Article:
Module inclusion and class macro problem

Hi

I was reading the book “Metaprogramming Ruby” which I found quite good
for a
guy trying to improve on his novice Ruby skills.
Parts of the book describes the creation of Class macros, and I got
intrigued by this, and I tried to create a small project to practice a
little bit.

Not that I know that this is a particular good idea in Ruby, I started
to
make a small framework to enforce the creation of certain methods.
I call it interfaces, since that’s what I know from C#.

Anyway, I soon stumbled into a dead end… as expected ;o)

Here is the code:

module Interface
module Base
def self.included(base)
base.extend ClassMethods
end
module ClassMethods
def add_interface_methods(*methods)
methods.each do |method|
(@interface_methods ||= []) << method.to_s
end
end
def implement_interfaces(*interfaces)
(@interfaces = interfaces).each do |interface|
puts "self: " + self.inspect.to_s
end
end
def enforce_interfaces
if not (not_implemented_interface_methods = @interface_methods -
self.instance_methods).empty?
raise RuntimeError, "The following interface methods are not
implemented in class #{self.to_s}:\n " +
not_implemented_interface_methods.inspect
end
end
end
end
end

module Interface
module ILockable
add_interface_methods :lock, :unlock
end

module IDrivable
add_interface_methods :drive, :break
end
end

class MyClass
include Interface::Base
implement_interfaces Interface::ILockable, Interface::IDrivable

methods and other stuff

enforce_interfaces
end

When I run this I get:
interface.rb:28: undefined method `add_interface_methods’ for
Interface::ILockable:Module (NoMethodError)

I do understand why I get this error, but I can’t see how to go about
fixing
it given that I want it structurally to be along the lines already laid
out.
Do not bother to much about the code being bloated or otherwise not in
accordance with “standard Ruby thinking”… :o)

And I do realize I didn’t have to use the included hook script since I’m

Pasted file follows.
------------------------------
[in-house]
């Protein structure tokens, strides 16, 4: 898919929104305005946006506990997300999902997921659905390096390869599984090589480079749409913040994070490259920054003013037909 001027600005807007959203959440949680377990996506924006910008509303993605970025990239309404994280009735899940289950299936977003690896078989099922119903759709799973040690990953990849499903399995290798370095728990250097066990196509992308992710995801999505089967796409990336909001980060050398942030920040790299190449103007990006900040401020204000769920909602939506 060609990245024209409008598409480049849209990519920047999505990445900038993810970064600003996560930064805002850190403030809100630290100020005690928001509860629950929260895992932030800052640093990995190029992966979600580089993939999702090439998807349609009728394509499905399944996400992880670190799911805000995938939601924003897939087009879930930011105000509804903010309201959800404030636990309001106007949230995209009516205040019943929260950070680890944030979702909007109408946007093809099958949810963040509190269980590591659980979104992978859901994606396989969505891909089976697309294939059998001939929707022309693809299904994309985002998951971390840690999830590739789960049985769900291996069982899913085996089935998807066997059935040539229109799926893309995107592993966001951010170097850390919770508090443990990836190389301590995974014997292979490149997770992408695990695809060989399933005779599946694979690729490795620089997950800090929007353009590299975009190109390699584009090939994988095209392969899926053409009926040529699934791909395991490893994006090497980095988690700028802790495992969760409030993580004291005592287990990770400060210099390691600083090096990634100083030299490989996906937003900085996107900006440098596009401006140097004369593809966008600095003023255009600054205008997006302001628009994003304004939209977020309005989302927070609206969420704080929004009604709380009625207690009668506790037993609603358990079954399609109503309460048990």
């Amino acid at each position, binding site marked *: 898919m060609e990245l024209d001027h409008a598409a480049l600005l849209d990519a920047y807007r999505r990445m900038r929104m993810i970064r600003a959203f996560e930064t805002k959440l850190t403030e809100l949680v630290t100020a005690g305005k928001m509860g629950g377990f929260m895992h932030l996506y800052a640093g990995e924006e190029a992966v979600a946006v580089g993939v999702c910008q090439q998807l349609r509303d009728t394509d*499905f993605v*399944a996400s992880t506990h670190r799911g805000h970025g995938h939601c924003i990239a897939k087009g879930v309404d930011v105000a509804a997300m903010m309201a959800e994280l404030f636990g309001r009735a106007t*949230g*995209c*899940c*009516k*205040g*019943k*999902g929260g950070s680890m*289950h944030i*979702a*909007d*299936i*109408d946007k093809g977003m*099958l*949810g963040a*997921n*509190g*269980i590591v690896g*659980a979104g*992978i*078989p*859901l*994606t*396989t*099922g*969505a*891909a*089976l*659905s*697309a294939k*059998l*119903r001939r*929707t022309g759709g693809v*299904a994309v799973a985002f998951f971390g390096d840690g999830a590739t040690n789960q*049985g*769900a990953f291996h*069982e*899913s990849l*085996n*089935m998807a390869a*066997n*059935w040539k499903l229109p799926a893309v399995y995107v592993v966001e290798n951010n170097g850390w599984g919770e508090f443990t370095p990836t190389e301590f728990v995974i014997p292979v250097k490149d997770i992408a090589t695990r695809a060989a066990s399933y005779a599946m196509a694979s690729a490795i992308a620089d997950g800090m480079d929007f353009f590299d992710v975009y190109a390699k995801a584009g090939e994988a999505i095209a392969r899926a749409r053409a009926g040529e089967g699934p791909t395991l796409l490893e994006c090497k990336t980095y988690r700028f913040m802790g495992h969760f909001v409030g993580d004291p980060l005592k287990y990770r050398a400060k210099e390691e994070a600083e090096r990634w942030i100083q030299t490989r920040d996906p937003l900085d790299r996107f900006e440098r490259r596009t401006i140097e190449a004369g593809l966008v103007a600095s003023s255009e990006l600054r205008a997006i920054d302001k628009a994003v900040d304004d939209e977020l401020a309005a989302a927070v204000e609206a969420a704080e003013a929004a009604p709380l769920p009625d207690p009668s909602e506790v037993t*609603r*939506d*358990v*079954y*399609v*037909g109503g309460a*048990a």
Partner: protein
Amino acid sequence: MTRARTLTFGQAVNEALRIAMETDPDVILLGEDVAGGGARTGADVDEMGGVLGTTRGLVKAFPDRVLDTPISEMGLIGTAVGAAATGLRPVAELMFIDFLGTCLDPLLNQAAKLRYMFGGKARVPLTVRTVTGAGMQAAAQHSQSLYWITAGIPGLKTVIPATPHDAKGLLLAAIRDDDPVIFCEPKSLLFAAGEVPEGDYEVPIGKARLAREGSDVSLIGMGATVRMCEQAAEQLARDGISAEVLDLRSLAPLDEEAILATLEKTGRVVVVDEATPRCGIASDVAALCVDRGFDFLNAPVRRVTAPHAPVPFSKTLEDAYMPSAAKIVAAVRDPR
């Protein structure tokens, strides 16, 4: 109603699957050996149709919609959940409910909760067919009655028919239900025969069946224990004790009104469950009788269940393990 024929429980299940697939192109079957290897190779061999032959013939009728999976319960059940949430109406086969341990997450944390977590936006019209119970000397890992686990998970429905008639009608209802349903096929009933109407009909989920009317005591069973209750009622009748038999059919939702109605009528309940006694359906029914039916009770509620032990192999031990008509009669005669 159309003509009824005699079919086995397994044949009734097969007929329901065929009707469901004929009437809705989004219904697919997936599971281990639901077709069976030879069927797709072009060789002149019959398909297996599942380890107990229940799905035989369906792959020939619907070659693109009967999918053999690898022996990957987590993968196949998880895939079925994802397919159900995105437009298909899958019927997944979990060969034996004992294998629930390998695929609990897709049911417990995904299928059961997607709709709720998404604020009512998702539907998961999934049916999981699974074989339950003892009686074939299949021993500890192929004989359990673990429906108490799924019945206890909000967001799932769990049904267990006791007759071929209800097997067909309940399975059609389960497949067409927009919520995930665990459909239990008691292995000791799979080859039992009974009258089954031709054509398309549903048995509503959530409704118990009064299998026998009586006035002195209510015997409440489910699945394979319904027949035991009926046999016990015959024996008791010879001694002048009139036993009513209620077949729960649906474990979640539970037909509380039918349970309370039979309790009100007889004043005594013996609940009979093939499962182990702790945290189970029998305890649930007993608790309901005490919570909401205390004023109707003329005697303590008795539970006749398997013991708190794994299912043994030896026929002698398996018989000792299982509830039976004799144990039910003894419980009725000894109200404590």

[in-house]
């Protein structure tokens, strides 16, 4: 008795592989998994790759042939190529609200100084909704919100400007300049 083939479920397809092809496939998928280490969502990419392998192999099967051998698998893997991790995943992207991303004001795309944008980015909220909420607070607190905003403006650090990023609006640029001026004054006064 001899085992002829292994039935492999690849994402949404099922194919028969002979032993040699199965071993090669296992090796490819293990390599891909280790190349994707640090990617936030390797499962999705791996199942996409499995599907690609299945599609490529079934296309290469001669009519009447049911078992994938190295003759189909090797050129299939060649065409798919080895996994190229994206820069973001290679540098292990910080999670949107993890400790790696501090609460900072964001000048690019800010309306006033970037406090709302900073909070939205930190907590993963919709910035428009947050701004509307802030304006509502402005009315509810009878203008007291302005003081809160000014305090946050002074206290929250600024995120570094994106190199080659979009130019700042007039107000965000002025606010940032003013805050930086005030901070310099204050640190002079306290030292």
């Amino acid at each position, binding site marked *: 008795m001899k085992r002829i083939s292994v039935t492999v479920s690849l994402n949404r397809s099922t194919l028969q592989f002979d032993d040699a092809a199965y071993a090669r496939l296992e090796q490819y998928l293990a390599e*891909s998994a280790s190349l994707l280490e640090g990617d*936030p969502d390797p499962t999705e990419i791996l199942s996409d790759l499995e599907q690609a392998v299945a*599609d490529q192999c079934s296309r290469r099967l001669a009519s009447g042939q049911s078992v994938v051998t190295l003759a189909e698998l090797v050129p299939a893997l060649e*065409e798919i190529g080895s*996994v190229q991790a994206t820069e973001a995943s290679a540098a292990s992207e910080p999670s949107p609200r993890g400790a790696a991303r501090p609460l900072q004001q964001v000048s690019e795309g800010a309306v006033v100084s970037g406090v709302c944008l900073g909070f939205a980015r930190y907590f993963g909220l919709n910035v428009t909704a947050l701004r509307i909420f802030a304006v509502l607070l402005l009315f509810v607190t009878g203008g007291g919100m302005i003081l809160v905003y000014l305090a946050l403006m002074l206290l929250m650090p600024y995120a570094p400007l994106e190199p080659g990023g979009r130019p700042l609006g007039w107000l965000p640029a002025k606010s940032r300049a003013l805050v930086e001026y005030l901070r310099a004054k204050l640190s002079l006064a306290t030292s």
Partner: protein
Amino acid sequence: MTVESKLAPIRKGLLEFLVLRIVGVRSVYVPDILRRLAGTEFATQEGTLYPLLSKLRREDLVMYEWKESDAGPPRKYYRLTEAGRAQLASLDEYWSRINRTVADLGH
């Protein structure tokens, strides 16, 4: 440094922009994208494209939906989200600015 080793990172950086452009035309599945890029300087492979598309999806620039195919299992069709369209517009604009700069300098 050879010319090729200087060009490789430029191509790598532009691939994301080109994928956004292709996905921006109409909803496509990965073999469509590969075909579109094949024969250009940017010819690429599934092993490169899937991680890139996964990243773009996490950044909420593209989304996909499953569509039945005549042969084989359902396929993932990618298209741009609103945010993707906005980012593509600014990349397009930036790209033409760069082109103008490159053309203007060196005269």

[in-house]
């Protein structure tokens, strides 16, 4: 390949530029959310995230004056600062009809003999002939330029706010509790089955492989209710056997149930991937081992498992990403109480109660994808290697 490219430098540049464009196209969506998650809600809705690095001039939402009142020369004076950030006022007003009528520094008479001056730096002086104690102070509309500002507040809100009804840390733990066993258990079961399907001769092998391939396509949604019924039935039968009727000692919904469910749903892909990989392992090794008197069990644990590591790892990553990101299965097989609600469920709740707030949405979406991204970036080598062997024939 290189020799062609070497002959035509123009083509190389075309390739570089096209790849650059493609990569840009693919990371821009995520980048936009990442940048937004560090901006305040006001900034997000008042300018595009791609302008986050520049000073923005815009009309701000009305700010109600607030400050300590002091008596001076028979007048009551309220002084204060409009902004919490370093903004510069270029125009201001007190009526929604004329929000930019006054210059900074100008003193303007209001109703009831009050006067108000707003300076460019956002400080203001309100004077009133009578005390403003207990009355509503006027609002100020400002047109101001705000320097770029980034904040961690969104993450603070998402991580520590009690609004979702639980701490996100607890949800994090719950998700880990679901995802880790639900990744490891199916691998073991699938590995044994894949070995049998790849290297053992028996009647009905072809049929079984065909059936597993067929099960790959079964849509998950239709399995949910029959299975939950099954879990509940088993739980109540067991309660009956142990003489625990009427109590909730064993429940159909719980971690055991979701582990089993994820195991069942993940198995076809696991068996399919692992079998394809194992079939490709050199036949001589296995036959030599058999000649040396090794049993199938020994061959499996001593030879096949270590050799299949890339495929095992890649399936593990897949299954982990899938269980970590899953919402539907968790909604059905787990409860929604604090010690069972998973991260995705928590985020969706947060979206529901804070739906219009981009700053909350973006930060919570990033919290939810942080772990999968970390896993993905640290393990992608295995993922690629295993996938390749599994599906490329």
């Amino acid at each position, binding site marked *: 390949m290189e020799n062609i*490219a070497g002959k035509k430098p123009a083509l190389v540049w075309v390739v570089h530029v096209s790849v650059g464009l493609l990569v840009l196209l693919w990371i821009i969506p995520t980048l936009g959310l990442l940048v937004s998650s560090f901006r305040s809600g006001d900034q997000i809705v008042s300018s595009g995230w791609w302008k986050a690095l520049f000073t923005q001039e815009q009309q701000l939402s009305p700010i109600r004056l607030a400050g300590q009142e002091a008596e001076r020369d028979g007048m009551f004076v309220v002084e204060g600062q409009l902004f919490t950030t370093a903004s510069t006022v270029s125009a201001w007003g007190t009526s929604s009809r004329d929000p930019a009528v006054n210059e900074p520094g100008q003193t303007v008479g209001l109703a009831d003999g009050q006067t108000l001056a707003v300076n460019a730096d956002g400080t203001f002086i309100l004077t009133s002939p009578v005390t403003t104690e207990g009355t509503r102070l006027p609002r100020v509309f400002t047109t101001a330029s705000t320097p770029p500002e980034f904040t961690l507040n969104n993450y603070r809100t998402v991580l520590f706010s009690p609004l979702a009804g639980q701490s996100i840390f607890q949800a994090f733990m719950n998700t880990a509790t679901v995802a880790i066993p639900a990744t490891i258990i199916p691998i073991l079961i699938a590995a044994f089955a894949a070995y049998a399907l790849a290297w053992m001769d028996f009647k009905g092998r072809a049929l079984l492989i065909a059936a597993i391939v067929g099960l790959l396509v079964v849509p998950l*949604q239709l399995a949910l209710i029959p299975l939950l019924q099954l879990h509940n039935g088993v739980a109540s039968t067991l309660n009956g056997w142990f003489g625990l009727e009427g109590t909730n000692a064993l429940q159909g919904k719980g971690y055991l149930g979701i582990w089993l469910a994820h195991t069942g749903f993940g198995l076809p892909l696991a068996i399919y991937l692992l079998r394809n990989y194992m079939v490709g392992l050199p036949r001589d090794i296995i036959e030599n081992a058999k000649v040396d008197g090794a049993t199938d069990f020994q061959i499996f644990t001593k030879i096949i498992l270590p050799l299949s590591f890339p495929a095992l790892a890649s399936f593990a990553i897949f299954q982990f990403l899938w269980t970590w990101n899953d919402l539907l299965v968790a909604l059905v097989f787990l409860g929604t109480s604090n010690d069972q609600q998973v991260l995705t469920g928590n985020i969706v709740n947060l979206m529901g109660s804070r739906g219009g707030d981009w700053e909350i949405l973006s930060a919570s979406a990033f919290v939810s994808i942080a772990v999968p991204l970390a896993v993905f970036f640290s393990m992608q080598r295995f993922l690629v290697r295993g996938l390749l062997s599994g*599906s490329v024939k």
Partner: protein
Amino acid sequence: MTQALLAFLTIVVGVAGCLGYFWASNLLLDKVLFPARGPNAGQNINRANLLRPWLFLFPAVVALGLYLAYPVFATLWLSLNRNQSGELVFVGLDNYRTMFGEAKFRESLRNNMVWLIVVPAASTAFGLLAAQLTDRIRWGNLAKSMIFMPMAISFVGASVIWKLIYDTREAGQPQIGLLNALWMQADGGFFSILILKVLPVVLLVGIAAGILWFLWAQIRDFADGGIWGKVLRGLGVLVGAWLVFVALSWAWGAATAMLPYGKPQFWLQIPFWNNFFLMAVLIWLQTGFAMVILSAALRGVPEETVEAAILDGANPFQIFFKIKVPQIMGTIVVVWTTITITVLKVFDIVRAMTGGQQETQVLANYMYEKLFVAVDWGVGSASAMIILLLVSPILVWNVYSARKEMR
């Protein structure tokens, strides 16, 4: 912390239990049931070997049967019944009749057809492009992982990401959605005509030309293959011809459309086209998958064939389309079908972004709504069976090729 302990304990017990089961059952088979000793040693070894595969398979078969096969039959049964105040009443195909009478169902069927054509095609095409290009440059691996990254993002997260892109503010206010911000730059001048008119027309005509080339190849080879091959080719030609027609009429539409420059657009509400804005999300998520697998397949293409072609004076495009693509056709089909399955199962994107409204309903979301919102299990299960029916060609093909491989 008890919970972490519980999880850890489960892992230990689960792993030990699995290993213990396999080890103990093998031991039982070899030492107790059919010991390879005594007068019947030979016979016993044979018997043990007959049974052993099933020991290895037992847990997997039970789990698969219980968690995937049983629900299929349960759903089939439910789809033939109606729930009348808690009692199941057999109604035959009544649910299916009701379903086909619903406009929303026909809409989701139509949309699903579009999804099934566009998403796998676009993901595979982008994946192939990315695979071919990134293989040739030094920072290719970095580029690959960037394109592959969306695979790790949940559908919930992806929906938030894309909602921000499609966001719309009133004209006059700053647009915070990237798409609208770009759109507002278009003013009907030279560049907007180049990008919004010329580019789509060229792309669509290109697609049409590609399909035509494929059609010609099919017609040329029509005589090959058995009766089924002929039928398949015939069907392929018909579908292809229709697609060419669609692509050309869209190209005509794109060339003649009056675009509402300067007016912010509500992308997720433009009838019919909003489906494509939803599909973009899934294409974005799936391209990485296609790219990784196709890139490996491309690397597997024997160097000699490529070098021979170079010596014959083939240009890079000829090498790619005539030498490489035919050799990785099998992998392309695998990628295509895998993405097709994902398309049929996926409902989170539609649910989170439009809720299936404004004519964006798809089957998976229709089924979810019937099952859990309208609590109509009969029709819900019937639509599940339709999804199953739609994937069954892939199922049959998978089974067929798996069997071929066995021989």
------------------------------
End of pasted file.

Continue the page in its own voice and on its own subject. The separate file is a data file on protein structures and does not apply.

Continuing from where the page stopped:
only adding class methods, but it’s part of a learning process :o)

So, where did I go wrong?
Any input/solution/discussion on this issue is most welcome!

Kind regards,
Rolf

Hello, Rolf. Let’s wrap up what happened and why. The issue comes from
these lines:

module Interface
module ILockable
add_interface_methods :lock, :unlock
end

end

Coming from C#, you’re probably tempted to assume that the code inside
ILockable (and IDrivable) is executed only when a class/module is
“loaded”. Actually, that code is executed immediately as Ruby goes
through the definition.

So, at this point (and independently of all the other code in your
example), Ruby tries to execute add_interface_methods() in the scope
of Interface::ILockable. Inside that scope, the role of self is taken
by Interface::ILockable itself - so that’s the implicit receiver of
any method call. So Ruby tries to call
Interface::ILockable.add_interface_methods(), doesn’t find that
method, and fails.

In the real world, I’d go for something simpler (and I’d be a real
prick in questioning the notion of strongly typed interfaces in
Ruby :wink: ). However, because this is a great learning exercise, here’s
something along your own lines that probably works as you expect:


module Interface
module Base
def self.included(base)
base.extend ClassMethods
end
module ClassMethods
def implement_interfaces(*interfaces)
interfaces.each do |interface|
@interface_methods = (@interface_methods || []) +
interface.instance_methods
puts "self: " + self.inspect.to_s
end
end
def enforce_interfaces
if not (not_implemented_interface_methods = @interface_methods

  • self.instance_methods).empty?
    raise RuntimeError, "The following interface methods are not